209 F2d 581 Madison County Farmers Ass'n v. American Employers' Ins Co
209 F.2d 581
MADISON COUNTY FARMERS ASS'N
AMERICAN EMPLOYERS' INS. CO.
United States Court of Appeals, Eighth Circuit.
January 26, 1954.
J. H. Evans, Booneville, Ark. (Robert R. Cress, Huntsville, Ark., on the brief), for appellant.
J. S. Daily, Fort Smith, Ark. (Harry P. Daily and John P. Woods, Fort Smith, Ark., on the brief), for appellee.
Before GARDNER, Chief Judge, and THOMAS and COLLET, Circuit Judges.
GARDNER, Chief Judge.
This was an action brought by appellant against appellee to recover for the alleged breach of a bond. The parties will be referred to as they were designated in the trial court. The basis of the jurisdiction of the federal court is diversity of citizenship, the requisite jurisdictional amount being involved. In addition to alleging the facts requisite to confer jurisdiction on the federal court, plaintiff in substance alleged in its complaint that during the period between and including August 17, 1951 and June 28, 1952, the plaintiff was engaged in the business of selling feed, seed, fertilizer and other farm supplies to persons in Madison County, Arkansas, and in the course of such business necessarily employed a manager whose duty it was, among other things, to collect on plaintiff's account and to safely hold for plaintiff, moneys due plaintiff from the sales made in due course of plaintiff's business as described above; that on the 17th day of August, 1951, plaintiff, having in its employ a certain manager named Kelley Ottis Hill, made application to defendant for its bond of indemnity, and thereupon defendant for the consideration named therein, made and delivered to plaintiff a bond, a copy of which was attached to the complaint, marked Plaintiff's Exhibit "A" for identification and made a part thereof as though set out therein word for word; that between the 18th day of August, 1951, and the 28th day of June, 1952, inclusive, and while said bond was in full force, the said Kelley Ottis Hill, having in his custody and under his control money in excess of $5,000.00, which had been received by him or by other employees under his supervision as such manager of plaintiff's business, to the use of the plaintiff, wrongfully converted the same to his own use and has not accounted for the same to plaintiff though an account therefor has been duly demanded of him, all of which has resulted in damage to the plaintiff in excess of $5,000.00; that said bond was dated August 17, 1951, and was in effect for a period of one year; that plaintiff paid as consideration for said bond the sum of $25.00; that the terms of said bond were such that because of the dishonesty of Kelley Ottis Hill defendant should pay to plaintiff the sum of $5,000.00; that plaintiff has in all ways performed all the conditions of said bond on its part to be performed and has fully demanded payment from defendant of the said sum of $5,000.00, but that same has not been paid, nor any part thereof. Defendant by its answer admitted execution of the bond but denied the allegations with reference to the alleged acts of conversion by plaintiff's employee, Kelley Ottis Hill. By an amended answer it alleged that on April 11, 1953, it served on the plaintiff a notice in writing demanding that plaintiff forthwith commence suit against Kelley Ottis Hill, the principal debtor and other party liable to the plaintiff under bond F-101623 of this defendant, for any defalcations which plaintiff alleged to have occurred under said bond in its complaint filed against the defendant, and pursuant to Ark.Stats.1947, Section 34-333; that plaintiff is a corporation organized under the laws of the State of Arkansas with its principal place of business located in Madison County, Arkansas and that "the said Kelley Ottis Hill is a citizen and resident of Madison County, Arkansas, and has continuously resided in Madison County, Arkansas, from the date of the filing of this action to the present. That plaintiff has failed and refused for more than thirty days following the service of said notice in writing to commence suit against Kelley Ottis Hill in any court, and plaintiff's failure so to do, and to comply with said notice, has exonerated this defendant from liability to the plaintiff under said bond pursuant to the provisions of Ark. Stats.1947, Section 34-334."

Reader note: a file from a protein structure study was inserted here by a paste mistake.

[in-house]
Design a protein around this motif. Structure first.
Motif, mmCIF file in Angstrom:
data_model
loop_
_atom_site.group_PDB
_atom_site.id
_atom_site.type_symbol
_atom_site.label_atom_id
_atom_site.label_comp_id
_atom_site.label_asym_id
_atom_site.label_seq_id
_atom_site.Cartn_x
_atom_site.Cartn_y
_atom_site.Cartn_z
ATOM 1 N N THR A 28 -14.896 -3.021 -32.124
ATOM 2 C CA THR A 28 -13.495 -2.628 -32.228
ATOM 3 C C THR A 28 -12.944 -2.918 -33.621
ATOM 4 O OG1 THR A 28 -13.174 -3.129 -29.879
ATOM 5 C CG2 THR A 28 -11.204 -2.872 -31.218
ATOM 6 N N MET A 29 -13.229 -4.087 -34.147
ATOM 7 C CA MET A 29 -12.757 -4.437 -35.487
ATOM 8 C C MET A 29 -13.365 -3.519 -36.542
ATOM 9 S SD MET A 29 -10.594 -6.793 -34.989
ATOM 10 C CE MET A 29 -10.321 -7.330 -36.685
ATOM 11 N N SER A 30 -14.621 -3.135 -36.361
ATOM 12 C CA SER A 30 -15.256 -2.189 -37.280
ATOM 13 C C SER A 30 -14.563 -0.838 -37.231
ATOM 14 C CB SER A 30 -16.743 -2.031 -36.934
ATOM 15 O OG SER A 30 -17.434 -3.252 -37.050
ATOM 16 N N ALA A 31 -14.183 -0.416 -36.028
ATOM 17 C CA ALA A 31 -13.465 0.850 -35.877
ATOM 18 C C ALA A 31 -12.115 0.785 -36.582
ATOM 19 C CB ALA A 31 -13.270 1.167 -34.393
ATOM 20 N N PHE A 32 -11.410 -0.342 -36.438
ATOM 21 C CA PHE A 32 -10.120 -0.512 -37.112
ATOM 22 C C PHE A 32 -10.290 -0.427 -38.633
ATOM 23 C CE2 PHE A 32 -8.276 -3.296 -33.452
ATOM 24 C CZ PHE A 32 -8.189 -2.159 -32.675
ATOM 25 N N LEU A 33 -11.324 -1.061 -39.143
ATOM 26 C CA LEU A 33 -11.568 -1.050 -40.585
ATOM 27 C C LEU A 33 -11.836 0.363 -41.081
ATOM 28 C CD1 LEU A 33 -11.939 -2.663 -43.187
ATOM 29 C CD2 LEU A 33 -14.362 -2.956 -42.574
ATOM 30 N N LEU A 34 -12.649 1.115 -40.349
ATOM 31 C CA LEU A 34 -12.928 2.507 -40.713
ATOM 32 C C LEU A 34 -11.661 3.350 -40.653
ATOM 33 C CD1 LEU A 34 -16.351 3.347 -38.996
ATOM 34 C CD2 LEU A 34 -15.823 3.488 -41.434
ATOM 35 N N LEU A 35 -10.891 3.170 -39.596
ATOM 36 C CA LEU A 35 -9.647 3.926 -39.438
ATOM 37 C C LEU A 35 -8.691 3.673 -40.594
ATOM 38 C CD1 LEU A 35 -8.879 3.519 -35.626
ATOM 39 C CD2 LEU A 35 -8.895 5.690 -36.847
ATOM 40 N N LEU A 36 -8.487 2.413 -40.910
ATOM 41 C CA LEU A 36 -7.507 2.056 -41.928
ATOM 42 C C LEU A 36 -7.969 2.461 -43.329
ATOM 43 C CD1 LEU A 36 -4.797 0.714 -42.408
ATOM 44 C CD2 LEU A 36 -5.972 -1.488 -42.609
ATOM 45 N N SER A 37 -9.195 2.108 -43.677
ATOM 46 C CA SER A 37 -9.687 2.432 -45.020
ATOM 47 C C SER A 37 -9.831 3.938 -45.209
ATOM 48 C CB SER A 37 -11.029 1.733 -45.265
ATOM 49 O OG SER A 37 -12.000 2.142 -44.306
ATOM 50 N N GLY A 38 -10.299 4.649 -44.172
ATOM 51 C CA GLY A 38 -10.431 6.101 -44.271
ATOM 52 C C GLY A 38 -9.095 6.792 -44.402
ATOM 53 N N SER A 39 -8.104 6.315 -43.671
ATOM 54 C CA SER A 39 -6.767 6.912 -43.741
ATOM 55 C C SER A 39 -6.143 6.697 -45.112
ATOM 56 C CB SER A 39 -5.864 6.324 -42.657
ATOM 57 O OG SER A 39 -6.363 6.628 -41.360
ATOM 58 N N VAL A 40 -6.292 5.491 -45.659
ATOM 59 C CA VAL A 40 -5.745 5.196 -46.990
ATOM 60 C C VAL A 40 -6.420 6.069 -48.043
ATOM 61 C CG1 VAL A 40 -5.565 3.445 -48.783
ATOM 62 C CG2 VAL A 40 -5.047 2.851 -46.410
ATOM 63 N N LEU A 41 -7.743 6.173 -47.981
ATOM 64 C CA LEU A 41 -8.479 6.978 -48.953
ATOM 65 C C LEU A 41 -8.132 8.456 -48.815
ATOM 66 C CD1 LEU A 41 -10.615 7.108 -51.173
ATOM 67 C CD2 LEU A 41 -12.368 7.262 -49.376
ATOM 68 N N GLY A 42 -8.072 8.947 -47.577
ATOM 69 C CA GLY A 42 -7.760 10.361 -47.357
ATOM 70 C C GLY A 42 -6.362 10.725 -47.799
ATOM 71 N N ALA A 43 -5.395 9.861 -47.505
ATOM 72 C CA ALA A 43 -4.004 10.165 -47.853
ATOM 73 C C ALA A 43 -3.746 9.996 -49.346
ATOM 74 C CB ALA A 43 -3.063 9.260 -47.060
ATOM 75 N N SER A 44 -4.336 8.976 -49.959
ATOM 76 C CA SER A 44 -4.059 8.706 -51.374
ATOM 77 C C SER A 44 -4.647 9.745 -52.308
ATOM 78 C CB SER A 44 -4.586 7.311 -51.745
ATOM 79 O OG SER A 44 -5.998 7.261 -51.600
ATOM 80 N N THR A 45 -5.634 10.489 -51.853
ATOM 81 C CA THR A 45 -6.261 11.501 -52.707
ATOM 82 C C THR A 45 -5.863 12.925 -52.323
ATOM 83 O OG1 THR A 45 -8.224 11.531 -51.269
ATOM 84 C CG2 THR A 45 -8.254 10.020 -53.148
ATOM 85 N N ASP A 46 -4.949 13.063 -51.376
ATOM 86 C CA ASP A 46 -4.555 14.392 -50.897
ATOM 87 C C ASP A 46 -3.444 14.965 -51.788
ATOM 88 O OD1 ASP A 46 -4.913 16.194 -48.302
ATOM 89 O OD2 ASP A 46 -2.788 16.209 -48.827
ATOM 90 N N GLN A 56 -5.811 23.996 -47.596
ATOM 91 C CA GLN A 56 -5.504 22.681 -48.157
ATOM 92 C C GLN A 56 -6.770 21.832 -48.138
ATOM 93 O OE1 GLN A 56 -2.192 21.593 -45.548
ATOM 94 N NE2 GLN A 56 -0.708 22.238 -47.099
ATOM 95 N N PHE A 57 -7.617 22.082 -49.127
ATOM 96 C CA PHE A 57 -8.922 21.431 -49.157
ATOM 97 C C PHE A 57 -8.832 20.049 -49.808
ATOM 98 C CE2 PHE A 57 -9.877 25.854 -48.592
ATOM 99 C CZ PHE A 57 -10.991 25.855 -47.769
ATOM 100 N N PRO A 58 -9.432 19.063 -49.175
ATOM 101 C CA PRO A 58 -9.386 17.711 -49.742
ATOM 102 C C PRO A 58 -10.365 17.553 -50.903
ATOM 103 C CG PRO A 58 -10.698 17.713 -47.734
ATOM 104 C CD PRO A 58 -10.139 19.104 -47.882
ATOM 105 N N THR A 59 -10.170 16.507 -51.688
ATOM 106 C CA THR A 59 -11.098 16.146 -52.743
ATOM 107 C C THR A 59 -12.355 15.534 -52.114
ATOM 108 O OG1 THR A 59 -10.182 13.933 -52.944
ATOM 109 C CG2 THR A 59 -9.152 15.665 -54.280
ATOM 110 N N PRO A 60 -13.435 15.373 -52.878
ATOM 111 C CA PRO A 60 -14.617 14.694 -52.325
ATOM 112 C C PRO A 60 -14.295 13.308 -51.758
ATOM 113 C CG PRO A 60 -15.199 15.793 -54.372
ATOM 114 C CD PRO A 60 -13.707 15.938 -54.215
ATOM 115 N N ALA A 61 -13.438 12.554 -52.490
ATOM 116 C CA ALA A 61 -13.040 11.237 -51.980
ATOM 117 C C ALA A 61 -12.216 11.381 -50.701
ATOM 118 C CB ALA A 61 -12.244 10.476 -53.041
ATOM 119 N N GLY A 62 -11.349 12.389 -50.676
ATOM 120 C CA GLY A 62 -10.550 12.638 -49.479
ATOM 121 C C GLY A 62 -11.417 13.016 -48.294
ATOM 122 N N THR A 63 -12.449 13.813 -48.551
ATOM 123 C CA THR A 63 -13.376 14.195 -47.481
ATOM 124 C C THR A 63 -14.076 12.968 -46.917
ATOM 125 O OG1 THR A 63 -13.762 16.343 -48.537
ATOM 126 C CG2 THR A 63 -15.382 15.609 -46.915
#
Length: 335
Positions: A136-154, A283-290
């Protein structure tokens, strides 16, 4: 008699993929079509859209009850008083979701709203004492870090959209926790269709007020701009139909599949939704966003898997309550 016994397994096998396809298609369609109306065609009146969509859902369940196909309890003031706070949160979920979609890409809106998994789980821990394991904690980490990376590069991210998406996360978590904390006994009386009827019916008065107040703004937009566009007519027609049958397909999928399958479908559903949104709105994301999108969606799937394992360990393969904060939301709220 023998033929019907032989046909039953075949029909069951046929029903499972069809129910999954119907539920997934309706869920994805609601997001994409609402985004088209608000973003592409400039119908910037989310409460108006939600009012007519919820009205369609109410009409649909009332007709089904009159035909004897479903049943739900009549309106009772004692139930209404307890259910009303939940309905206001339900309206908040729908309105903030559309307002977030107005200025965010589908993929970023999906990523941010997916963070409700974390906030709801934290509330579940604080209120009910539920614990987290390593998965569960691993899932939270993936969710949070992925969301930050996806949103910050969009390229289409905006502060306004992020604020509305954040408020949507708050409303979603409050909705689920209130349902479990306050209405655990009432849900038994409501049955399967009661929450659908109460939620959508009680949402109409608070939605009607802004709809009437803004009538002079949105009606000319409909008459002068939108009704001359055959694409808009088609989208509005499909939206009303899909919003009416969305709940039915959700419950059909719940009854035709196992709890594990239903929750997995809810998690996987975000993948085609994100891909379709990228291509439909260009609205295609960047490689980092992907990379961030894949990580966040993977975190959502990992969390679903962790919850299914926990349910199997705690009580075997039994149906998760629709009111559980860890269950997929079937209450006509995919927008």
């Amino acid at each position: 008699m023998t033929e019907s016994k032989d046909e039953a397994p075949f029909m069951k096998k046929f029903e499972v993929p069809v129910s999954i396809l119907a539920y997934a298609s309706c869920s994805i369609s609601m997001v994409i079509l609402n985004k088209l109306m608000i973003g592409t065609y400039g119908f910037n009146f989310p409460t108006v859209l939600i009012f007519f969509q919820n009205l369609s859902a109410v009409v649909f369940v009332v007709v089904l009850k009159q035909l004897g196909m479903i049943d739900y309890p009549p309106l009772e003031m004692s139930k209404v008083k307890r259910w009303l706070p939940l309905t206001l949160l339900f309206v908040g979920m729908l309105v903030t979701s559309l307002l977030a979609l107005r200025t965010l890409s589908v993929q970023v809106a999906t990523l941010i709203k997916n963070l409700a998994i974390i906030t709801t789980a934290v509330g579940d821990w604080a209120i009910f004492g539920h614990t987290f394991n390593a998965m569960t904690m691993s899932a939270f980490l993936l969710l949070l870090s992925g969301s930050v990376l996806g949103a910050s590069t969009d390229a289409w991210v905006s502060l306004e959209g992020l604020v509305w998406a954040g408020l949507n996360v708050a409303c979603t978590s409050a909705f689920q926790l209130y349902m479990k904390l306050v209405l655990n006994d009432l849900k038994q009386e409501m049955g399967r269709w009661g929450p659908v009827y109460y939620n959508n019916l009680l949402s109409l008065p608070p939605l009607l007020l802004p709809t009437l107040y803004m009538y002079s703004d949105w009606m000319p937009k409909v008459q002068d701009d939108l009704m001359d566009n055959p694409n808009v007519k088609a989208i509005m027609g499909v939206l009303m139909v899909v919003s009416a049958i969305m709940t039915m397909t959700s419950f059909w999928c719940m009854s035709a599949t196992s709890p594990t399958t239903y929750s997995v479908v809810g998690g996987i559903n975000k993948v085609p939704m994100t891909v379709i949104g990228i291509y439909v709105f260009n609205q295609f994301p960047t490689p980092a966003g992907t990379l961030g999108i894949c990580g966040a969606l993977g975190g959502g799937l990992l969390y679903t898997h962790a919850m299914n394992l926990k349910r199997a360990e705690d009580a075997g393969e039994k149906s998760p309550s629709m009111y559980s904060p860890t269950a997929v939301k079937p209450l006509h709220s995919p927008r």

The bond contained provision among others that "The American Employers' Insurance Company (hereinafter called Surety), in consideration of an agreed premium, binds itself to pay to Madison County Farm Association, Huntsville, Arkansas, (hereinafter called Employer), the amount of any pecuniary loss which any Employee named in the schedule hereto attached or added thereto as hereinafter provided, may, while in any position and at any location in the service of the Employer, alone or in collusion with others, cause to the Employer, not exceeding however, the amount set opposite the name of such Employee, through any act of fraud, dishonesty, forgery, theft, larceny, embezzlement, misappropriation, wrongful abstraction or wilful misapplication committed during the one year term commencing on the 17th day of August, 1951, at noon * * *." The bond specifically covered Kelley Ottis Hill, manager, in the amount of $5,000.00.
Subsequent to filing its amended answer defendant filed its motion for summary judgment and in support thereof filed an affidavit showing that the notice referred to in its amended answer requiring plaintiff to commence suit against Kelley Ottis Hill for any defalcations which plaintiff alleged to have occurred under said bond, had been duly served more than thirty days prior to the filing of its said motion and that plaintiff had not commenced any such action.